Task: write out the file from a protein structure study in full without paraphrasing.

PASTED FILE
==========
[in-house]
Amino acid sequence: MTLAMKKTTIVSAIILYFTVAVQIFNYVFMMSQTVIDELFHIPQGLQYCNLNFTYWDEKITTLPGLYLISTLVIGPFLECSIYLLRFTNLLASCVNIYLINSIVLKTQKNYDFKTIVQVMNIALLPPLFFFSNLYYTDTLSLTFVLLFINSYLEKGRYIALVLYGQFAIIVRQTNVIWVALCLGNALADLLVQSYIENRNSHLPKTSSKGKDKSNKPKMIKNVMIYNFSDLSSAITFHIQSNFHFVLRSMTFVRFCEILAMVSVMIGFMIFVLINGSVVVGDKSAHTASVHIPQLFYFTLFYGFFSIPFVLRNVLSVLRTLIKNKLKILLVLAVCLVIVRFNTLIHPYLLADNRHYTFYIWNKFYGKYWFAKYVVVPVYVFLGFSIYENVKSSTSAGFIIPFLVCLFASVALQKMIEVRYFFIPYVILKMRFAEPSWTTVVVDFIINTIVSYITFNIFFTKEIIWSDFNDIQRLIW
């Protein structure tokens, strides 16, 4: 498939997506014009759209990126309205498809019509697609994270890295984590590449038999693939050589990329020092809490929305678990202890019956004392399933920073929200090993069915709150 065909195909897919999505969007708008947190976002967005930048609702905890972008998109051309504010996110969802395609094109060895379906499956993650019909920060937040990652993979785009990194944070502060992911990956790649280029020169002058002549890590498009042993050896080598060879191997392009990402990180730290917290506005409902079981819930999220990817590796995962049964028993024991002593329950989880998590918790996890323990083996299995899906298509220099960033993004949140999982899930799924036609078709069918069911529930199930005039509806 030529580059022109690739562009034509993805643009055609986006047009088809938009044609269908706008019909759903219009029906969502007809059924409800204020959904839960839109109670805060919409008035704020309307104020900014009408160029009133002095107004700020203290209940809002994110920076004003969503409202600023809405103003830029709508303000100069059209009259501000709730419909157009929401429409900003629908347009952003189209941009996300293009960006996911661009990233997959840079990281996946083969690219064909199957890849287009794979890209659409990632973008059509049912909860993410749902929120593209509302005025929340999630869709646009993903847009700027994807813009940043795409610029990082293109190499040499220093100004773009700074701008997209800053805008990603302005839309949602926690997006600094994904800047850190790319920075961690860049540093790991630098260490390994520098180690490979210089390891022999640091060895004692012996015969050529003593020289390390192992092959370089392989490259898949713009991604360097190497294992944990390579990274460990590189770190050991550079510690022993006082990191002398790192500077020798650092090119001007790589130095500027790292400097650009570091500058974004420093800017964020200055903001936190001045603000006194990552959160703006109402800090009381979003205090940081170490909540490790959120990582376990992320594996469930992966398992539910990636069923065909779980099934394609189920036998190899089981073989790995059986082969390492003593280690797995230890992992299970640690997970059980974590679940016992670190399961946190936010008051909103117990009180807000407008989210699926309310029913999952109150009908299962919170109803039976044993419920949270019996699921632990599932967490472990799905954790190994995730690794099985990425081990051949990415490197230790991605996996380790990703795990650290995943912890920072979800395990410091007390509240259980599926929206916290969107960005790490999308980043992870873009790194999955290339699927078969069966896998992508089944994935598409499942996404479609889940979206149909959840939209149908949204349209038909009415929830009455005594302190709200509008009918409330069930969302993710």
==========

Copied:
[in-house]
Amino acid sequence: MTLAMKKTTIVSAIILYFTVAVQIFNYVFMMSQTVIDELFHIPQGLQYCNLNFTYWDEKITTLPGLYLISTLVIGPFLECSIYLLRFTNLLASCVNIYLINSIVLKTQKNYDFKTIVQVMNIALLPPLFFFSNLYYTDTLSLTFVLLFINSYLEKGRYIALVLYGQFAIIVRQTNVIWVALCLGNALADLLVQSYIENRNSHLPKTSSKGKDKSNKPKMIKNVMIYNFSDLSSAITFHIQSNFHFVLRSMTFVRFCEILAMVSVMIGFMIFVLINGSVVVGDKSAHTASVHIPQLFYFTLFYGFFSIPFVLRNVLSVLRTLIKNKLKILLVLAVCLVIVRFNTLIHPYLLADNRHYTFYIWNKFYGKYWFAKYVVVPVYVFLGFSIYENVKSSTSAGFIIPFLVCLFASVALQKMIEVRYFFIPYVILKMRFAEPSWTTVVVDFIINTIVSYITFNIFFTKEIIWSDFNDIQRLIW
């Protein structure tokens, strides 16, 4: 498939997506014009759209990126309205498809019509697609994270890295984590590449038999693939050589990329020092809490929305678990202890019956004392399933920073929200090993069915709150 065909195909897919999505969007708008947190976002967005930048609702905890972008998109051309504010996110969802395609094109060895379906499956993650019909920060937040990652993979785009990194944070502060992911990956790649280029020169002058002549890590498009042993050896080598060879191997392009990402990180730290917290506005409902079981819930999220990817590796995962049964028993024991002593329950989880998590918790996890323990083996299995899906298509220099960033993004949140999982899930799924036609078709069918069911529930199930005039509806 030529580059022109690739562009034509993805643009055609986006047009088809938009044609269908706008019909759903219009029906969502007809059924409800204020959904839960839109109670805060919409008035704020309307104020900014009408160029009133002095107004700020203290209940809002994110920076004003969503409202600023809405103003830029709508303000100069059209009259501000709730419909157009929401429409900003629908347009952003189209941009996300293009960006996911661009990233997959840079990281996946083969690219064909199957890849287009794979890209659409990632973008059509049912909860993410749902929120593209509302005025929340999630869709646009993903847009700027994807813009940043795409610029990082293109190499040499220093100004773009700074701008997209800053805008990603302005839309949602926690997006600094994904800047850190790319920075961690860049540093790991630098260490390994520098180690490979210089390891022999640091060895004692012996015969050529003593020289390390192992092959370089392989490259898949713009991604360097190497294992944990390579990274460990590189770190050991550079510690022993006082990191002398790192500077020798650092090119001007790589130095500027790292400097650009570091500058974004420093800017964020200055903001936190001045603000006194990552959160703006109402800090009381979003205090940081170490909540490790959120990582376990992320594996469930992966398992539910990636069923065909779980099934394609189920036998190899089981073989790995059986082969390492003593280690797995230890992992299970640690997970059980974590679940016992670190399961946190936010008051909103117990009180807000407008989210699926309310029913999952109150009908299962919170109803039976044993419920949270019996699921632990599932967490472990799905954790190994995730690794099985990425081990051949990415490197230790991605996996380790990703795990650290995943912890920072979800395990410091007390509240259980599926929206916290969107960005790490999308980043992870873009790194999955290339699927078969069966896998992508089944994935598409499942996404479609889940979206149909959840939209149908949204349209038909009415929830009455005594302190709200509008009918409330069930969302993710």